Published July 7, 2010
It was nice to see the Dutch get up to their old tricks, though some simple positional changes is hardly the return of total football. Nevertheless, the Dutch played with much more vim and verve than they have all tournament. 539-year old vampire count Giovanni van Bronckhorst* showed his inhuman strength by unleashing what could be the strike of the tournament, and is certainly one of the most beautiful World Cup goals. Sneijder, who otherwise hasn’t been very good, scored yet another absurd goal, bringing him level with David Villa in the race for the Golden Boot (for perspective, Sneijder has scored one goal more in this World Cup than he has all year at his club, Inter Milan). Dirk Kuyt was magnificent, as he has been in all of The Netherlands’ games. On the other hand, this is still a team containing well over the legally acceptable limit of Mark van Bommel, whose dirty fouls are further compounded by the weird reluctance of referees in carding him. But they were the marginally better team.
Uruguay were clearly hurting from not being able to call up so many players due to injury, and having to play Forlán not match fit (though he hardly showed it until the very last). If Lodeiro could’ve started, or their captain, Lugano, things might have been different. Uruguay felt they had to tie a lot of resources into keeping Robben quiet, which was largely a success, third goal notwithstanding. Being so defensively oriented meant that they had to rely on Forlán to create chances out of nothing, which he is perfectly capable of doing, but it’s not a strategy that works well if you concede more than one goal. The Sneijder goal was unlucky, and that was enough to turn the match against the Uruguayans.
Germany – Spain
I’ve been thinking about that Argentina – Germany match quite a bit, and I still don’t know what to think about it. My impulse is to say that it has no bearing on tomorrow’s game. The final of the 2008 European Championships, between Spain and Germany, also has little bearing, because Germany have changed so radically since then, and Spain haven’t been as unassailable as they were in that tournament. Actually, the only game that may be any kind of model for what may happen was Spain’s 3-0 thrashing of Russia two years ago. Russia were, like today’s Germans, a team that came seemingly out of nowhere to light up the tournament, playing fast attacking football that was full of creativity and vigor, but Spain breezed through them like they were a flimsy gause. The key to this is that it’s hard to create, or attack, when the other team doesn’t let you have the ball. Spain’s defensive strategy is to get the ball off the other team and have them chase it around the pitch. This works only so well if the other’s team defensive strategy is to turtle up in their own 18-yard box, but Spain has good enough attackers to counter that. The difference this time is that this German team is better, and certainly a lot more experienced, than the Russians of two years ago. They will be harder to keep from getting opportunities.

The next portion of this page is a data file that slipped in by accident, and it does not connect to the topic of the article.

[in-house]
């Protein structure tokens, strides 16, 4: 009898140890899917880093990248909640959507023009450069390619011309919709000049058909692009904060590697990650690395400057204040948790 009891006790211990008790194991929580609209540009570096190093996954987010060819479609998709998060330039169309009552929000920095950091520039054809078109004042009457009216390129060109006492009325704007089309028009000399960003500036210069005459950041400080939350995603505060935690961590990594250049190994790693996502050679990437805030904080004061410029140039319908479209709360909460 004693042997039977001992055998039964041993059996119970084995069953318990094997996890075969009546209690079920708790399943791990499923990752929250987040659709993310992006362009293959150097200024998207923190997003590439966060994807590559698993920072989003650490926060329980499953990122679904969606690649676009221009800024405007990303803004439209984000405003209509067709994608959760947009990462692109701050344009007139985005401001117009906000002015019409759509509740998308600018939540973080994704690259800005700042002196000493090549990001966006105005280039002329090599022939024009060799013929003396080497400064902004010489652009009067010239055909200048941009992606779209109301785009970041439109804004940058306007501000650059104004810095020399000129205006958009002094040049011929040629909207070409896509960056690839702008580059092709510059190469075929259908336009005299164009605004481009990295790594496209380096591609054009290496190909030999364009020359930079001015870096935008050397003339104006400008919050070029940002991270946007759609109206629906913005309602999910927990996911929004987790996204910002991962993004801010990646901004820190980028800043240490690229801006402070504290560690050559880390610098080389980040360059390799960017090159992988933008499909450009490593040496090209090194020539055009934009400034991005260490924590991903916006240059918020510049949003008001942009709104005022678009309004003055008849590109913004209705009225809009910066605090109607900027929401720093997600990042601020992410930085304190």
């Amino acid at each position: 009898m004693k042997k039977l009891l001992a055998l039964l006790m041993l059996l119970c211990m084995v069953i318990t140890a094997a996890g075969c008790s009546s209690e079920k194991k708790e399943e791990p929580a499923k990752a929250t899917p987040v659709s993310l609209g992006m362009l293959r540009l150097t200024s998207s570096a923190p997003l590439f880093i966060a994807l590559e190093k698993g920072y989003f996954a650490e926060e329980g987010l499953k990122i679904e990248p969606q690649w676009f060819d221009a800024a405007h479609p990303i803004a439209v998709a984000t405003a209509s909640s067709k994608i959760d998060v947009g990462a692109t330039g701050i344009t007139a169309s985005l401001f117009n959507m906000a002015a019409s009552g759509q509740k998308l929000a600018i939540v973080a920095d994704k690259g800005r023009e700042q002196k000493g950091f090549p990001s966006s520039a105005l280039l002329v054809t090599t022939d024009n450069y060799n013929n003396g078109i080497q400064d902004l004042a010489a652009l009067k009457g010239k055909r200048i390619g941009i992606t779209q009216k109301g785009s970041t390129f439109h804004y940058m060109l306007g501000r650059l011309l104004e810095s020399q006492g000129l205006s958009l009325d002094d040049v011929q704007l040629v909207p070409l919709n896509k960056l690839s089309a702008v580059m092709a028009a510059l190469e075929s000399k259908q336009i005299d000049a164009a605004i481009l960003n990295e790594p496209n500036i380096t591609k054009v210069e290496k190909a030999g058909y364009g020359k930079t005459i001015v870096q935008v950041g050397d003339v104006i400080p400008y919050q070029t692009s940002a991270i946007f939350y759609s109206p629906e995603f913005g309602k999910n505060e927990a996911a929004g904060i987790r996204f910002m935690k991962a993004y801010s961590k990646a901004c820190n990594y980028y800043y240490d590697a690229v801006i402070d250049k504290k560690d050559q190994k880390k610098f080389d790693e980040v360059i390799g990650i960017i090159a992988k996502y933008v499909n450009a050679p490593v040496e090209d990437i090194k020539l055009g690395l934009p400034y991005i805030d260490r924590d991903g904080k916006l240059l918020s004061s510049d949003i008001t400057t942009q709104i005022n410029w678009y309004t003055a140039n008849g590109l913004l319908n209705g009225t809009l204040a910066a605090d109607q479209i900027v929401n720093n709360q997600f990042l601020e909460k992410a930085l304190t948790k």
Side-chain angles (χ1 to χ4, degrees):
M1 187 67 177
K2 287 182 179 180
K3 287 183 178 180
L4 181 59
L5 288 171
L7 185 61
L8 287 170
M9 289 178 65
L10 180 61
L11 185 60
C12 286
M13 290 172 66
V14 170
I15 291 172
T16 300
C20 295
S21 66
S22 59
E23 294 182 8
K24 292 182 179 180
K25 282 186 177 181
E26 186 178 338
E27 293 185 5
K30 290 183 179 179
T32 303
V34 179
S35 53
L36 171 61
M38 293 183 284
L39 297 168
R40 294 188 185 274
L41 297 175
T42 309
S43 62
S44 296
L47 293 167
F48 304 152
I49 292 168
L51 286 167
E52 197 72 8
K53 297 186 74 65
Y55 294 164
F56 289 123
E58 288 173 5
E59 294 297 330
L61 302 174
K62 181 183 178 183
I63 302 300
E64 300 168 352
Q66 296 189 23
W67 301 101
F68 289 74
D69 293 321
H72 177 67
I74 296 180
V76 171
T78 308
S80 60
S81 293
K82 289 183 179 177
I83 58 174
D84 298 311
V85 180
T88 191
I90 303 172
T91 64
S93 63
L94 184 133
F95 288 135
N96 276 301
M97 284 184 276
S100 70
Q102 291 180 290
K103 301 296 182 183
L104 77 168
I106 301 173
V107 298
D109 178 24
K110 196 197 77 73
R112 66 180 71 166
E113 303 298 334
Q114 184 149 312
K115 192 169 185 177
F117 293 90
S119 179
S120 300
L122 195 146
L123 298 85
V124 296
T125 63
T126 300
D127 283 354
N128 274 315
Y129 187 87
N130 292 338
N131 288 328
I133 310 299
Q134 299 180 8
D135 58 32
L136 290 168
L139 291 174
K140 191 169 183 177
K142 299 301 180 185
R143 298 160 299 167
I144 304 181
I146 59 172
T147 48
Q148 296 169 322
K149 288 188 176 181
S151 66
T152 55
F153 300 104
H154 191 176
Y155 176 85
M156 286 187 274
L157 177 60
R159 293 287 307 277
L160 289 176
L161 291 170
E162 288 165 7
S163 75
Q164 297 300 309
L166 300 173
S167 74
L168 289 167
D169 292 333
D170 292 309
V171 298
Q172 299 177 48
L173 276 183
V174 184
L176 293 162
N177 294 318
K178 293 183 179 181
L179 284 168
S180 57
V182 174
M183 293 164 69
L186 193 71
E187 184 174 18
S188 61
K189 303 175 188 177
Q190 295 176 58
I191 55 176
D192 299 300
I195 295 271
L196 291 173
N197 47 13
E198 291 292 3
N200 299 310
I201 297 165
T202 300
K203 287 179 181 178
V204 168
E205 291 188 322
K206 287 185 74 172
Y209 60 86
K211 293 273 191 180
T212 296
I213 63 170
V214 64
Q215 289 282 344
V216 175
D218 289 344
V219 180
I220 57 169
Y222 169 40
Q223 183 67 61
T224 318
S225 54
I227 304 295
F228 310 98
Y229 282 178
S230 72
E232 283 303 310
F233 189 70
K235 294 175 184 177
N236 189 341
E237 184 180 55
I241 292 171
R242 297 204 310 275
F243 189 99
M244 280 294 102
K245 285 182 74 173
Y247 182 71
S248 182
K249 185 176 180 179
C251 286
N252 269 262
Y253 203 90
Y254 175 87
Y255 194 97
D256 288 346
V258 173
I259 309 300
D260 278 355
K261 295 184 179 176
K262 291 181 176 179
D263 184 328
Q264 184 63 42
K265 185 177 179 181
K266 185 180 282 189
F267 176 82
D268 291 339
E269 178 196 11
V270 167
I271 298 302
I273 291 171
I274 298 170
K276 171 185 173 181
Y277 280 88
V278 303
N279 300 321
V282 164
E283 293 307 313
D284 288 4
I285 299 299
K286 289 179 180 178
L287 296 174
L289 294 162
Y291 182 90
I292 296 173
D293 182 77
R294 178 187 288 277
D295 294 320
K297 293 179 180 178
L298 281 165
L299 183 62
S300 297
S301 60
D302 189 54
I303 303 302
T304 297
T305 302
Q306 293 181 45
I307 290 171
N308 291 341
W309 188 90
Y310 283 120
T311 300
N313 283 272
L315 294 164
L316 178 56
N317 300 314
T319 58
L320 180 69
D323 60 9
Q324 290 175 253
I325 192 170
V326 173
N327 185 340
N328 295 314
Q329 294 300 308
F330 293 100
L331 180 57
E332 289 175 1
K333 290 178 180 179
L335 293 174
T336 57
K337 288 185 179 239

My point is, I don’t have a clue how the game will turn out. I know that the Spanish will seek to slow the game down and try to play their way through a German defense that has often seemed rather shaky. The Germans will probably run at the Spanish defense, which has often looked less than secure also, hoping to get a clear chance at goal. Both teams have individuals that could win the game on their own, for example Özil, Schweinsteiger, Villa and Iniesta, which furthers makes predicting anything hard. For what it’s worth, Paul the Psychic Octopus, predicted a Spain win. He did, however, predict a German win in the final of Euro 2008, so what does he know.
Final thought for the day: Since Brazil defended its title in 1962 the World Cup has alternated between Europe and South America, but this time it will pass from one European team to another. This will also be the first time since West Germany won in 1954 that Europe will have more World Cup titles than South America.
* Didn’t the names of the entire Dutch starting eleven sound like those of villains from gothic novels?
Vampires: Giovanni van Bronckhorst, Robin van Persie, Demy de Zeeuw
Werewolves: Dirk Kuyt, Wesley Sneijder, Mark van Bommel, Arjen Robben
Mad scientists: Maarten Stekelenburg, John Heitinga, Joris Mathijsen
And to top it all off, Khalid Boulahrouz is already nicknamed The Cannibal.
Photo by Jimmy